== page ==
Recent research projects involving the theatre include the award-winning #ThisIsDerby project, a city-wide approach to providing sports and arts to young people in areas of deprivation and of low cultural engagement, with young people's voices at its heart.
The #ThisIsDerby project continued with the ReImagine initiative, alongside the Derby County in the Community Trust and the Derby Cultural Campus.
The coronavirus pandemic and lockdown affected the entire performing acts sector, but Derby Theatre was quick to respond, eager to continue its work with young people in care, schools and communities across the city.
Theatre staff delivered weekly food parcels and activity packs to young care leavers who were cut off from services, and provided cooking lessons.
A book club was set up to discuss a novel that the Theatre aimed to turn into a play in 2021, and work with schools, digitally and in person, continued for children of key workers and those who were eligible for free school meals.
The DT@Home service was developed, new online content - and retrospectives of previous live performances - were created for audiences, many of whom donated the price of their tickets they had paid for to watch live performances prior to the lockdown, rather than request refunds. Workshops and activities for families were also included in the Theatre's digital output during lockdown.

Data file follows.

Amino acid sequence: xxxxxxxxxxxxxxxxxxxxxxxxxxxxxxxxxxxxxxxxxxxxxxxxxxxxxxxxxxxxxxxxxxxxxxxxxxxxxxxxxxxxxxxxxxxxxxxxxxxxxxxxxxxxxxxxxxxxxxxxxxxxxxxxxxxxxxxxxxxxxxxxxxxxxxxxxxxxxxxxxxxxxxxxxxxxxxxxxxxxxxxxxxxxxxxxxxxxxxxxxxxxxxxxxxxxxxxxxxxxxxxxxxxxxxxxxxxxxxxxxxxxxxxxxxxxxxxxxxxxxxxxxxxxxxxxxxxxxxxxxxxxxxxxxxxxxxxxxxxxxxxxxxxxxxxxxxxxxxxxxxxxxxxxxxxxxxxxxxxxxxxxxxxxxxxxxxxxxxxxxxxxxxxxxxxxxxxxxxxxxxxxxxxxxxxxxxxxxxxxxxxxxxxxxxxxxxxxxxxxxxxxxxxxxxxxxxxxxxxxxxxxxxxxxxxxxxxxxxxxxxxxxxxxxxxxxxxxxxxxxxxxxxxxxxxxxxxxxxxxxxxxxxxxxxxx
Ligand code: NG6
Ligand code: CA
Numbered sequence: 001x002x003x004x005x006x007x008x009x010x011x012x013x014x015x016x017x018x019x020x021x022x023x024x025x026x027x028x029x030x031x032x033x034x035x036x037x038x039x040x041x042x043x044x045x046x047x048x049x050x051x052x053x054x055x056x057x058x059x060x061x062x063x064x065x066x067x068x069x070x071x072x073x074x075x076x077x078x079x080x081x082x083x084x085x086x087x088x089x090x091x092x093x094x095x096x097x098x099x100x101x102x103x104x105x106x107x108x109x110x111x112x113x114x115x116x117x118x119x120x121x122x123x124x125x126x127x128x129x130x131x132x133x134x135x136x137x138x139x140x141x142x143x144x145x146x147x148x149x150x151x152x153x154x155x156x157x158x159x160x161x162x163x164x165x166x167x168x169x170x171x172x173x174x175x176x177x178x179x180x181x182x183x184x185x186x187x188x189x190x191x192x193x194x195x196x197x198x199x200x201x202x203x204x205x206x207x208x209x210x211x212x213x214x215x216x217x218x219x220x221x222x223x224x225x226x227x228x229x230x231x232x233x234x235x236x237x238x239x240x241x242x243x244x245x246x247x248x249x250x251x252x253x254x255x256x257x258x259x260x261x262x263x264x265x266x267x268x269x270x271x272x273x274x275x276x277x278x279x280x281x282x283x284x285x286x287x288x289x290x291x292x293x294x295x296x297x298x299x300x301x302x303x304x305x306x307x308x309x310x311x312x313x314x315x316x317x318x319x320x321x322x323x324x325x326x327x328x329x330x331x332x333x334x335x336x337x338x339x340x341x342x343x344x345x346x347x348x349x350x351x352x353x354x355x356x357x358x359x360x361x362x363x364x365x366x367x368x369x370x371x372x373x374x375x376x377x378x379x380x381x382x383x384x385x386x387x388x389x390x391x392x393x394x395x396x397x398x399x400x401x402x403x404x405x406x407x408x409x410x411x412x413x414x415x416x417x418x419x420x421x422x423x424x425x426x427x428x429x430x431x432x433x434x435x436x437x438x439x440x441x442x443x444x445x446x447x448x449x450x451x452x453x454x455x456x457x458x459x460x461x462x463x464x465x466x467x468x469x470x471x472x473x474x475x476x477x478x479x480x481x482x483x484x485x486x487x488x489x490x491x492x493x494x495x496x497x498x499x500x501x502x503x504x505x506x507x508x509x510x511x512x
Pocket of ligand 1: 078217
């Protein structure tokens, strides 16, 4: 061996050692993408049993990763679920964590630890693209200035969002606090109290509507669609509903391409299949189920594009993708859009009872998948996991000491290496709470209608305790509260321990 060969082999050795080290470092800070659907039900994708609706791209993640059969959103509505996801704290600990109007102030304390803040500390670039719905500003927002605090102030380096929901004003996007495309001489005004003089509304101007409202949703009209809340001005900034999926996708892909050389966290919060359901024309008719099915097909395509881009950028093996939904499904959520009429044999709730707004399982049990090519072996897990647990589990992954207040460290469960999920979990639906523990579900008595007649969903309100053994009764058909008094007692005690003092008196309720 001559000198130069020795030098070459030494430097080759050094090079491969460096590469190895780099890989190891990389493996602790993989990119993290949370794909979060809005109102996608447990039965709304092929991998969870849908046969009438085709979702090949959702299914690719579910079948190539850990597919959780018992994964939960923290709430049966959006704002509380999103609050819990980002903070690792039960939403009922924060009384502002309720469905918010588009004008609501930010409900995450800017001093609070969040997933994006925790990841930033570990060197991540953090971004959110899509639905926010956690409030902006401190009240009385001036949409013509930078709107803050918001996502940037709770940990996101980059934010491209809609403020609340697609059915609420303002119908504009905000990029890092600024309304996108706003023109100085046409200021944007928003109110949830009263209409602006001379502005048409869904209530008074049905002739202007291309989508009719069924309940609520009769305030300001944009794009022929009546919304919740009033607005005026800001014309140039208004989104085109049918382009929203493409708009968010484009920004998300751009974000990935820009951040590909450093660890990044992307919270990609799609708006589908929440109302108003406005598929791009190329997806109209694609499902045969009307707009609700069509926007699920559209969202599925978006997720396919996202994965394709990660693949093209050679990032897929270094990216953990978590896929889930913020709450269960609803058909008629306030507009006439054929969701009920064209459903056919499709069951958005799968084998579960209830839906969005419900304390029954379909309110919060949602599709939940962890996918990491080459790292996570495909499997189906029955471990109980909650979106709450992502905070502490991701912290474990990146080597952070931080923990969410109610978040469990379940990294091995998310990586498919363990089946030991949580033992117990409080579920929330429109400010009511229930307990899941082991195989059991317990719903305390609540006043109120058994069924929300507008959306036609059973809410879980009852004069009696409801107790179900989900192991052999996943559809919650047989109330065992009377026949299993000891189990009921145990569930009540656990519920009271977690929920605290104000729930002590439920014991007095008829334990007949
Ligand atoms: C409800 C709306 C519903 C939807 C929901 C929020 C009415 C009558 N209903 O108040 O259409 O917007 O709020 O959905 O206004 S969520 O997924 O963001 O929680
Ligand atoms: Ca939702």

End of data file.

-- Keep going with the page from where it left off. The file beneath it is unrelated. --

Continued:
Contracts for artists and theatre makers were honoured, and 'Mega Zoom' events arranged for freelancers to keep them connected and informed. There were wellbeing sessions for performers and writers, and the Theatre also linked up with other cultural venues in the city, including QUAD, Deda and Sinfonia Viva to share content.
As the first lockdown period eased at the end of August 2020, the Theatre announced the Derby Rises series of performance and workshops, developed in conjunction with the Derby Creative Arts Network.
Our students recorded almost 3,200 hours of volunteering in charities based in Derby and Derbyshire through the Futures Award.
Local charities that students spent their time volunteering with included:
Examples of roles students volunteered for in local charities included teachers, mentors, befrienders, advisors, social media monitors, museum, gallery and night bus volunteers.
Kelly Rawson returned to education in September 2018 to study Youth Work and Community Development at the University. Passionate about improving young people's life chances, she initially volunteered with Safe and Sound after researching the charity's work to support children and young people across Derbyshire who are victims of, or at risk of, exploitation.